Your axle carries the weight of your trailer. It’s the key link in what we engineers call a “load path.” Forces, generated by the weight and motion of your camper, are transferred onto your axle, which transfers them to the ground. Newton’s Third Law and all that.
How an RV Leaf Spring Suspension Works
The leaf-spring suspension has been a hallmark of camper and pickup truck suspensions since time immemorial.
Most RVs still use leaf spring suspensions. It’s a simple, affordable, time-tested design that’s safe, hard to break, and widely available.
However, it’s somewhat … erm … rough and ready. The ride is bumpy. They don’t absorb shock well. And the spring damping varies widely depending on how heavy the load.
Leaf springs are available in slipper or double-eye designs. Slipper springs are used on heavy-duty (6,000+ lbs) axles; double-eye springs are used on light-duty axles (4,000 lbs-). Both designs offer similar performance and ride quality. So honestly, you can pay them no mind.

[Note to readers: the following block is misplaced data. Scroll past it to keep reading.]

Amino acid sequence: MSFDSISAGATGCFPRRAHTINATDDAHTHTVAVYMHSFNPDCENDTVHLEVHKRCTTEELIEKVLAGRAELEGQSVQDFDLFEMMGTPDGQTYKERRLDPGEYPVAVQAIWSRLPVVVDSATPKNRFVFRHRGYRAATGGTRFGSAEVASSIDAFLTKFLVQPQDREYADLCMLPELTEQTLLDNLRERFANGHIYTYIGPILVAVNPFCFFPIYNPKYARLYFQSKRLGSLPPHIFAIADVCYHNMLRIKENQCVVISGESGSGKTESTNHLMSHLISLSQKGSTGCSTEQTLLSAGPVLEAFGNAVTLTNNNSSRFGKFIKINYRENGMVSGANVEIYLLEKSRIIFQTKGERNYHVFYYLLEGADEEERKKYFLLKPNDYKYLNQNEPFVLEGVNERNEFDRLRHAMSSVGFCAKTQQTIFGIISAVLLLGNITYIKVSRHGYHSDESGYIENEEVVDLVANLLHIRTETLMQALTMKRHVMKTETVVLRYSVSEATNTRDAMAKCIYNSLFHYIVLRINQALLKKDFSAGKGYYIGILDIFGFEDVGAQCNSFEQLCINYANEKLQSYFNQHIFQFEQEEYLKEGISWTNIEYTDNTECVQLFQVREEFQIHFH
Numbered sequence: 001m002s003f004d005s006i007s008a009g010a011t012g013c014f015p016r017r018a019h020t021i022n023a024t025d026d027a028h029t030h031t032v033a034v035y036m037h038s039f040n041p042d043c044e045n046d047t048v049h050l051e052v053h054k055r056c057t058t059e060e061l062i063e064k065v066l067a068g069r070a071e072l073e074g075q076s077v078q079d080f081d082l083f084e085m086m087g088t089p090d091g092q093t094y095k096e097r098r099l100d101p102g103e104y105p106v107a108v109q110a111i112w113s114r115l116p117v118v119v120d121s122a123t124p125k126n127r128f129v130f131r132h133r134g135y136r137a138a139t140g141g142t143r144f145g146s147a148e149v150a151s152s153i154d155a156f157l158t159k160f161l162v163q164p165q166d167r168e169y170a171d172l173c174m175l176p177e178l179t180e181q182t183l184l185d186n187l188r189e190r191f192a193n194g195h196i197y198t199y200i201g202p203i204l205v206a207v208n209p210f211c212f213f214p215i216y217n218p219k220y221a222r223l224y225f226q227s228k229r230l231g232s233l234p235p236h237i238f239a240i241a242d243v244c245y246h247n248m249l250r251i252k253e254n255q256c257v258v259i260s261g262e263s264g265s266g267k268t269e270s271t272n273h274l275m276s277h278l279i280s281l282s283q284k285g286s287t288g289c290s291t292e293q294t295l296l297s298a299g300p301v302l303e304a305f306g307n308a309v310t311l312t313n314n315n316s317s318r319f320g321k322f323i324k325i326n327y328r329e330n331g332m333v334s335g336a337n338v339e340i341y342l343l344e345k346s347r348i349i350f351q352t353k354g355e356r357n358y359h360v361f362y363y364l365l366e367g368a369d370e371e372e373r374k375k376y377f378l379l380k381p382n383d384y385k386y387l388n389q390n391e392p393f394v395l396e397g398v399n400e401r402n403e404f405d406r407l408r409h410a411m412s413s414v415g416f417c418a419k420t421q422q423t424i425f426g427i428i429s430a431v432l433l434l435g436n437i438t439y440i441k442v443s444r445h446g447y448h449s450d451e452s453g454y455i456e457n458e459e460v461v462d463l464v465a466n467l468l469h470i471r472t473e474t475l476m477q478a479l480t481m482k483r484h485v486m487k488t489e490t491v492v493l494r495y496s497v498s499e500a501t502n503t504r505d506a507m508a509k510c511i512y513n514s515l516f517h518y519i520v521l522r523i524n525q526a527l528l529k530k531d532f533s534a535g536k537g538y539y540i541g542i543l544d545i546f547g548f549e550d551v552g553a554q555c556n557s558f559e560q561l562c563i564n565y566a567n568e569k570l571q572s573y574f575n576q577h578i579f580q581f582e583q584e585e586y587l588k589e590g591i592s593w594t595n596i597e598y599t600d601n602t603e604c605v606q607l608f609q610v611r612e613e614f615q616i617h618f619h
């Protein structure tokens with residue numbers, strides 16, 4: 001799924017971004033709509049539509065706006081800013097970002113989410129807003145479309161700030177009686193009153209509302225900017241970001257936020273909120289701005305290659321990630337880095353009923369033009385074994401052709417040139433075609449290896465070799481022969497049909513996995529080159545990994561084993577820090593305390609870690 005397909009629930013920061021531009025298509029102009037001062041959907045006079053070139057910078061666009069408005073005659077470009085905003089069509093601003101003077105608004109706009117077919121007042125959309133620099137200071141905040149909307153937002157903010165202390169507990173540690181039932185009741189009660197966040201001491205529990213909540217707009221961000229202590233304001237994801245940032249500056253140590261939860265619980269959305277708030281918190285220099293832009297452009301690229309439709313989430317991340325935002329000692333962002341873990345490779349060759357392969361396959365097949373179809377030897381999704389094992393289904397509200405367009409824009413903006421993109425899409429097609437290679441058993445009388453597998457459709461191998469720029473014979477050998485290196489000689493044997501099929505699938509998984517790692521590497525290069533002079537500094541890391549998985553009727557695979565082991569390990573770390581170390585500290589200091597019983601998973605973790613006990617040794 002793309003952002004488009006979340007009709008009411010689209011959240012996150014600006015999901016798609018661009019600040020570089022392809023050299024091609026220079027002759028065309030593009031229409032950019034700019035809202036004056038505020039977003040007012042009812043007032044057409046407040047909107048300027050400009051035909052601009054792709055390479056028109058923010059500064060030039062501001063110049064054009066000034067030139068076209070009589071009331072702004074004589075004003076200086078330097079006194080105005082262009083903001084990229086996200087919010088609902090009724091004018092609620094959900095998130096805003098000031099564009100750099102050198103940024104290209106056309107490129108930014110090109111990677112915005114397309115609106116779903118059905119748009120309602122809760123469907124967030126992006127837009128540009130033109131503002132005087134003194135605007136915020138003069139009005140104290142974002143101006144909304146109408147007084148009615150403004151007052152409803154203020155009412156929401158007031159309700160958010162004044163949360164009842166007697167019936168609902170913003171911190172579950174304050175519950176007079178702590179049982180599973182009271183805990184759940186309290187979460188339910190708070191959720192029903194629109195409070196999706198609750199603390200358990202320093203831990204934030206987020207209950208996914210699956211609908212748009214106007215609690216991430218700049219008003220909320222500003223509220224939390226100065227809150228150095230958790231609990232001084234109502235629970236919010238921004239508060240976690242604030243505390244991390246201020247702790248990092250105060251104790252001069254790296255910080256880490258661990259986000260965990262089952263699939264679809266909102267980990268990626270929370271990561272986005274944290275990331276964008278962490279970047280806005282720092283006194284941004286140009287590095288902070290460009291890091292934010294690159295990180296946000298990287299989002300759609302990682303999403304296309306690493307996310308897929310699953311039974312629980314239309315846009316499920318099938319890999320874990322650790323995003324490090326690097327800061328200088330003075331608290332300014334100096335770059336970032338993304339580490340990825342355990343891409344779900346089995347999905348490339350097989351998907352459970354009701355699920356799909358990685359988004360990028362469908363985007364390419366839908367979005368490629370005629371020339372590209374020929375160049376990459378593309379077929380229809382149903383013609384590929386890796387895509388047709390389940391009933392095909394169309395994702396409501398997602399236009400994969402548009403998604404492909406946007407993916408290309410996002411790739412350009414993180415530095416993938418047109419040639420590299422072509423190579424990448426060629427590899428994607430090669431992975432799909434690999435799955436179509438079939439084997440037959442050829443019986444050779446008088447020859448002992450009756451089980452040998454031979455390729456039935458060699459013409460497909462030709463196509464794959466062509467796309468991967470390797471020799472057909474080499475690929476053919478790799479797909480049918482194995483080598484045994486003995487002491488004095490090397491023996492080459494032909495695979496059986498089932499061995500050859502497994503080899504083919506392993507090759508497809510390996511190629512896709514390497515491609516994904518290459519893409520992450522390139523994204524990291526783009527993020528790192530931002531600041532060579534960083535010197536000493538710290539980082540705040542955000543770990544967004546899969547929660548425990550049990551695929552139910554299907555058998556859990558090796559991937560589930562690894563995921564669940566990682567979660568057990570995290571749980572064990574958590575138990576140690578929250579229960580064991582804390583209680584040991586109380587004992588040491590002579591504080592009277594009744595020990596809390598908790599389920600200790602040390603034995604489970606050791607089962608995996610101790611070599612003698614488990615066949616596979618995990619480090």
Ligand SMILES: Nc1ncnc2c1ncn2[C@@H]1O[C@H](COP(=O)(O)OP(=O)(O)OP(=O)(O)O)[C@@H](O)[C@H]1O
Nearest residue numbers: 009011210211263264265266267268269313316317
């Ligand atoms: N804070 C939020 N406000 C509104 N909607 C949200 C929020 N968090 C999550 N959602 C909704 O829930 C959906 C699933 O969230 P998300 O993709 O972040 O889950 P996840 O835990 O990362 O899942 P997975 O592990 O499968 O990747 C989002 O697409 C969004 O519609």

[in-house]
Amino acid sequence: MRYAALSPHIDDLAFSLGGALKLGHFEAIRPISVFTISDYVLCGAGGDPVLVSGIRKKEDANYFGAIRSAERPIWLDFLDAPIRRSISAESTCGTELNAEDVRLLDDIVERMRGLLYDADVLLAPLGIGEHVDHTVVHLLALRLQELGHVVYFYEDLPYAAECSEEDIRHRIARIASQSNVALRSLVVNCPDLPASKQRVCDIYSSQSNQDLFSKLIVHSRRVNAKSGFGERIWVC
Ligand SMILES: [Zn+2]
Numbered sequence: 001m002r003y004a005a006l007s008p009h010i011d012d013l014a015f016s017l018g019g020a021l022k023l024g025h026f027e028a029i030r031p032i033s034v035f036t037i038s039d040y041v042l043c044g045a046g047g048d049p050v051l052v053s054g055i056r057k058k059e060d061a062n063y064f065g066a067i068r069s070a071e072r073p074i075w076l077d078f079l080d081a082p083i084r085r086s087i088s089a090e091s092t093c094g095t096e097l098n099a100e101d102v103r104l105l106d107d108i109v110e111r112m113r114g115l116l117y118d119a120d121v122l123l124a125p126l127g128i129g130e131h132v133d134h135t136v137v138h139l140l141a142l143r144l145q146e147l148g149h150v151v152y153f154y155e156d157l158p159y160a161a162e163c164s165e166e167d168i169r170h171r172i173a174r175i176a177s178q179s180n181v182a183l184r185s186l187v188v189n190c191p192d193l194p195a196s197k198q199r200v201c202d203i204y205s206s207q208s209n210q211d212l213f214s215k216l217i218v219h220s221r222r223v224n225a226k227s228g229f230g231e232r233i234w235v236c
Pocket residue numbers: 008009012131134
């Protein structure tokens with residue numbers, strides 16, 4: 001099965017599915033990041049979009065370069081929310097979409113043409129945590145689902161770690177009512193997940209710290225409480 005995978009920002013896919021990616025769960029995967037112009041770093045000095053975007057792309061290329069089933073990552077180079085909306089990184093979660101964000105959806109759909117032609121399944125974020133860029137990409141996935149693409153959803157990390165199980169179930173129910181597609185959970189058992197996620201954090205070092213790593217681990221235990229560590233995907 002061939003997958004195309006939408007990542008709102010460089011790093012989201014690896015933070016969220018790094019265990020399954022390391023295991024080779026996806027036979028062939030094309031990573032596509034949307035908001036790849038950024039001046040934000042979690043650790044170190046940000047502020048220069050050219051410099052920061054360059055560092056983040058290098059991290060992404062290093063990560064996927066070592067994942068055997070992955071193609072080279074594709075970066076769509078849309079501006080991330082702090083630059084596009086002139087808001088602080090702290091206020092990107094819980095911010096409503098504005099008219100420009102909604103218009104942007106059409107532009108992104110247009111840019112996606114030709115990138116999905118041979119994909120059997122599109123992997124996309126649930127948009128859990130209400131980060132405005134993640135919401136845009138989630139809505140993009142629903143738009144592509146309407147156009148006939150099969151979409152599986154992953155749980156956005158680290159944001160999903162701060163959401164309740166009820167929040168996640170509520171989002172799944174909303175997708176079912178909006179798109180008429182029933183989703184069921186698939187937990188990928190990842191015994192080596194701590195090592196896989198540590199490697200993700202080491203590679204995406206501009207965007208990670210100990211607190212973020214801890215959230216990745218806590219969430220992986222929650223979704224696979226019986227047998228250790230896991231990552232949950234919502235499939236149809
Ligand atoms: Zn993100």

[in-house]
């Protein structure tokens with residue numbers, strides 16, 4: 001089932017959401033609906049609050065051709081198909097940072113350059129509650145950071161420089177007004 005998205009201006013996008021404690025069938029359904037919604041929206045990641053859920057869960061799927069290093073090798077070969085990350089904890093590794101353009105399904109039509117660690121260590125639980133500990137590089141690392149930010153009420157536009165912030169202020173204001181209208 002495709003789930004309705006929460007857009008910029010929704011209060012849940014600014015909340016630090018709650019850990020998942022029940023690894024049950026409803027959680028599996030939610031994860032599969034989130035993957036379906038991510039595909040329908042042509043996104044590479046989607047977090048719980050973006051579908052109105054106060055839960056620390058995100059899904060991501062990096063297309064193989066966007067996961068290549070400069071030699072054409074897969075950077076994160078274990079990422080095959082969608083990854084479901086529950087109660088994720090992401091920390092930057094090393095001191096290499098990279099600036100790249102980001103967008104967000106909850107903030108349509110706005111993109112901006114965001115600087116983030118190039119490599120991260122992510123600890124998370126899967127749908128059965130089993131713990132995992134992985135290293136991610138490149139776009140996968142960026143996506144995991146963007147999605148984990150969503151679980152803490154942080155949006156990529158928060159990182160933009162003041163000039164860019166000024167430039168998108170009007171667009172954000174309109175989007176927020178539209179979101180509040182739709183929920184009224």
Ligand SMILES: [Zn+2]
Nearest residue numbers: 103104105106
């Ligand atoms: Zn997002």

- Affordable parts!
- Widely available and easily serviced
- Works well in all weather conditions
- Dual-axle configurations provide weight equalization
- Rough ride
- Reduced ground clearance
- Adds more weight to camper
- More routine maintenance (painting, lubrication)
How an RV Torsion Axle Suspension Works
Some trailers, especially premium single-axle trailers, may use torsion axles.
These axles use a steel torsion axle surrounded by four rubber cords encased in the main structural beam to provide the suspension. Pretty nifty!